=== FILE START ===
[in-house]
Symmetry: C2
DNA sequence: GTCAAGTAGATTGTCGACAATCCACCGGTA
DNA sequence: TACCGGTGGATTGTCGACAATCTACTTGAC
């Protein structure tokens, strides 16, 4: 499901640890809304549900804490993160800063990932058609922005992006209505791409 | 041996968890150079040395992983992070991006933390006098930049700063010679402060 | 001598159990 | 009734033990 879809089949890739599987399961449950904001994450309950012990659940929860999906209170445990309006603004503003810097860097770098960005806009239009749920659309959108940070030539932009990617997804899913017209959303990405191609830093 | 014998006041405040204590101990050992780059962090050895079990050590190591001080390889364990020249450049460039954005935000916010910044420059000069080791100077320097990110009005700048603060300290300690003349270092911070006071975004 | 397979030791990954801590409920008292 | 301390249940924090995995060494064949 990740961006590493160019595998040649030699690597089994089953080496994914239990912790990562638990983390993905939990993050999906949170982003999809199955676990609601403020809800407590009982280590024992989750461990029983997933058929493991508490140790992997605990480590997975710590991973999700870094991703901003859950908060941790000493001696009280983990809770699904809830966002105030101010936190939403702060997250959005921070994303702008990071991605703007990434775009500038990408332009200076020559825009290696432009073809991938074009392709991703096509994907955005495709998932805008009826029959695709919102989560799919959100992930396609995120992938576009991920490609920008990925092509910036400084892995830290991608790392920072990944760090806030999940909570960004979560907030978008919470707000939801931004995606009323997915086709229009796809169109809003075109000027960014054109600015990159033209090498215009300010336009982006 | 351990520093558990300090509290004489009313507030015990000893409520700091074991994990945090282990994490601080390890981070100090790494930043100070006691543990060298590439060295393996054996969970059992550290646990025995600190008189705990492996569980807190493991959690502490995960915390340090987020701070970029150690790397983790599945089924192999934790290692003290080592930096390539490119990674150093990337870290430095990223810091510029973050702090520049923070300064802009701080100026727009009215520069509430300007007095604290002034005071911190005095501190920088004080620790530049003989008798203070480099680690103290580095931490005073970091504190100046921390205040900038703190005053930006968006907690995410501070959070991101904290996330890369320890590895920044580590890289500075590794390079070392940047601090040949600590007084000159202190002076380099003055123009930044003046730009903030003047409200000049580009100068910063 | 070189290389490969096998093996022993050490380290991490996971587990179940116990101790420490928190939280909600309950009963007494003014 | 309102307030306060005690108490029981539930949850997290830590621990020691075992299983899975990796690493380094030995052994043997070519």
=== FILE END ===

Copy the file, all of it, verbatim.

[in-house]
Symmetry: C2
DNA sequence: GTCAAGTAGATTGTCGACAATCCACCGGTA
DNA sequence: TACCGGTGGATTGTCGACAATCTACTTGAC
């Protein structure tokens, strides 16, 4: 499901640890809304549900804490993160800063990932058609922005992006209505791409 | 041996968890150079040395992983992070991006933390006098930049700063010679402060 | 001598159990 | 009734033990 879809089949890739599987399961449950904001994450309950012990659940929860999906209170445990309006603004503003810097860097770098960005806009239009749920659309959108940070030539932009990617997804899913017209959303990405191609830093 | 014998006041405040204590101990050992780059962090050895079990050590190591001080390889364990020249450049460039954005935000916010910044420059000069080791100077320097990110009005700048603060300290300690003349270092911070006071975004 | 397979030791990954801590409920008292 | 301390249940924090995995060494064949 990740961006590493160019595998040649030699690597089994089953080496994914239990912790990562638990983390993905939990993050999906949170982003999809199955676990609601403020809800407590009982280590024992989750461990029983997933058929493991508490140790992997605990480590997975710590991973999700870094991703901003859950908060941790000493001696009280983990809770699904809830966002105030101010936190939403702060997250959005921070994303702008990071991605703007990434775009500038990408332009200076020559825009290696432009073809991938074009392709991703096509994907955005495709998932805008009826029959695709919102989560799919959100992930396609995120992938576009991920490609920008990925092509910036400084892995830290991608790392920072990944760090806030999940909570960004979560907030978008919470707000939801931004995606009323997915086709229009796809169109809003075109000027960014054109600015990159033209090498215009300010336009982006 | 351990520093558990300090509290004489009313507030015990000893409520700091074991994990945090282990994490601080390890981070100090790494930043100070006691543990060298590439060295393996054996969970059992550290646990025995600190008189705990492996569980807190493991959690502490995960915390340090987020701070970029150690790397983790599945089924192999934790290692003290080592930096390539490119990674150093990337870290430095990223810091510029973050702090520049923070300064802009701080100026727009009215520069509430300007007095604290002034005071911190005095501190920088004080620790530049003989008798203070480099680690103290580095931490005073970091504190100046921390205040900038703190005053930006968006907690995410501070959070991101904290996330890369320890590895920044580590890289500075590794390079070392940047601090040949600590007084000159202190002076380099003055123009930044003046730009903030003047409200000049580009100068910063 | 070189290389490969096998093996022993050490380290991490996971587990179940116990101790420490928190939280909600309950009963007494003014 | 309102307030306060005690108490029981539930949850997290830590621990020691075992299983899975990796690493380094030995052994043997070519």